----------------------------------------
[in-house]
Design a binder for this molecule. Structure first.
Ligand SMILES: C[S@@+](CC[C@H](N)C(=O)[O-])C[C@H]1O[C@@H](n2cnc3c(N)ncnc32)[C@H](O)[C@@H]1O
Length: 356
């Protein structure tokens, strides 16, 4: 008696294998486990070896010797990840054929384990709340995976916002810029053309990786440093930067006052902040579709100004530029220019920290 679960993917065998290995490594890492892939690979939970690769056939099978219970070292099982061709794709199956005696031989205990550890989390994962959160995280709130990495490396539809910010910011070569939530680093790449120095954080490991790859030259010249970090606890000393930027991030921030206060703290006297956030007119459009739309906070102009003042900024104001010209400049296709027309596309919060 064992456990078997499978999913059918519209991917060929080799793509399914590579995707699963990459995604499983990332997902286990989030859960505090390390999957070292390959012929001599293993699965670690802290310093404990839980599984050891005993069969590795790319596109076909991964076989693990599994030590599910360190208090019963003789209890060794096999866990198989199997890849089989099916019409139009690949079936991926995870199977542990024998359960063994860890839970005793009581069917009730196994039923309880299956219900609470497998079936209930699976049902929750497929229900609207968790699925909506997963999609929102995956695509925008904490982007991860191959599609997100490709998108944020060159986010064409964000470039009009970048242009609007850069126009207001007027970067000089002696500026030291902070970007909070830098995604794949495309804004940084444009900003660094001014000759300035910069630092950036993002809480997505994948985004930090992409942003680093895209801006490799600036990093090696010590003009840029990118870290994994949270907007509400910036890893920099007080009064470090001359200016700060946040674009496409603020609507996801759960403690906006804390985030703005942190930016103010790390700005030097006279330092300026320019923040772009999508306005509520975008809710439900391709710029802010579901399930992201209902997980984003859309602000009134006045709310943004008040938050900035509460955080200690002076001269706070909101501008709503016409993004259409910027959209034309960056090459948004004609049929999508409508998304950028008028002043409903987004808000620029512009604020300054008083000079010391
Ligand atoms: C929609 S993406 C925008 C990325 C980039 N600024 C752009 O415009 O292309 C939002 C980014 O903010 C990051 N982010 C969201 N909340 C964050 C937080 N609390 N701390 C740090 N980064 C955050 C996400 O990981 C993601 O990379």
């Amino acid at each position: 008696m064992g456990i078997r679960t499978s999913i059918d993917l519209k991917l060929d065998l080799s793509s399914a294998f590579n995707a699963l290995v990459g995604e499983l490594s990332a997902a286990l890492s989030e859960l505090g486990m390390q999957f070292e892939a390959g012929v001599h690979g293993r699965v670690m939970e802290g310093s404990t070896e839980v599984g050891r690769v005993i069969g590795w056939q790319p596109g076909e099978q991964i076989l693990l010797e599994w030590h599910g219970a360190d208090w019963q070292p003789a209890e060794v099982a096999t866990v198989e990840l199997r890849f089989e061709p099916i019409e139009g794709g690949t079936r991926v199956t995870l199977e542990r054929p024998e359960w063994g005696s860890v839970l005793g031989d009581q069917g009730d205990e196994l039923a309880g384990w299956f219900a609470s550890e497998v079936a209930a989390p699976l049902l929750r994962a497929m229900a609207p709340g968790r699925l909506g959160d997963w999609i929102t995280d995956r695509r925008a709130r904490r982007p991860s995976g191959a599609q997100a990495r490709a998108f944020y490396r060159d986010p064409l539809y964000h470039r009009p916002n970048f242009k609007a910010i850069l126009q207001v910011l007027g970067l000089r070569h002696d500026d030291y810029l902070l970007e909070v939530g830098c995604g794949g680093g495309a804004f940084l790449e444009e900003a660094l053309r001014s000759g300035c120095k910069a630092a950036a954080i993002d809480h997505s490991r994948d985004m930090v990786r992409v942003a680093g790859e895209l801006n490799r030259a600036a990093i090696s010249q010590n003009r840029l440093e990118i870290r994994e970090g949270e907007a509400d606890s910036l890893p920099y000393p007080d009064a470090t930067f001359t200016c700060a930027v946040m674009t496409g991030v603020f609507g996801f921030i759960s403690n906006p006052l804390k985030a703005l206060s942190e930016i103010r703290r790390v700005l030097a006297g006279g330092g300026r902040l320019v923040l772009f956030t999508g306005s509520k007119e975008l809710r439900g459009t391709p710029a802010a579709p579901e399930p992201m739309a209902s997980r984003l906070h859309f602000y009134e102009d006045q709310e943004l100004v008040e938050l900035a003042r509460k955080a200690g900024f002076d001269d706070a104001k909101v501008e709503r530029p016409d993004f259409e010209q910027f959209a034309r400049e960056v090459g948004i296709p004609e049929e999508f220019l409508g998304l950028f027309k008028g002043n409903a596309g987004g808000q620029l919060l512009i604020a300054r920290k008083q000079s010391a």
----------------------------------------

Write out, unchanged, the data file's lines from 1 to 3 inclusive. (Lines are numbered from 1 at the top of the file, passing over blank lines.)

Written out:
[in-house]
Design a binder for this molecule. Structure first.
Ligand SMILES: C[S@@+](CC[C@H](N)C(=O)[O-])C[C@H]1O[C@@H](n2cnc3c(N)ncnc32)[C@H](O)[C@@H]1O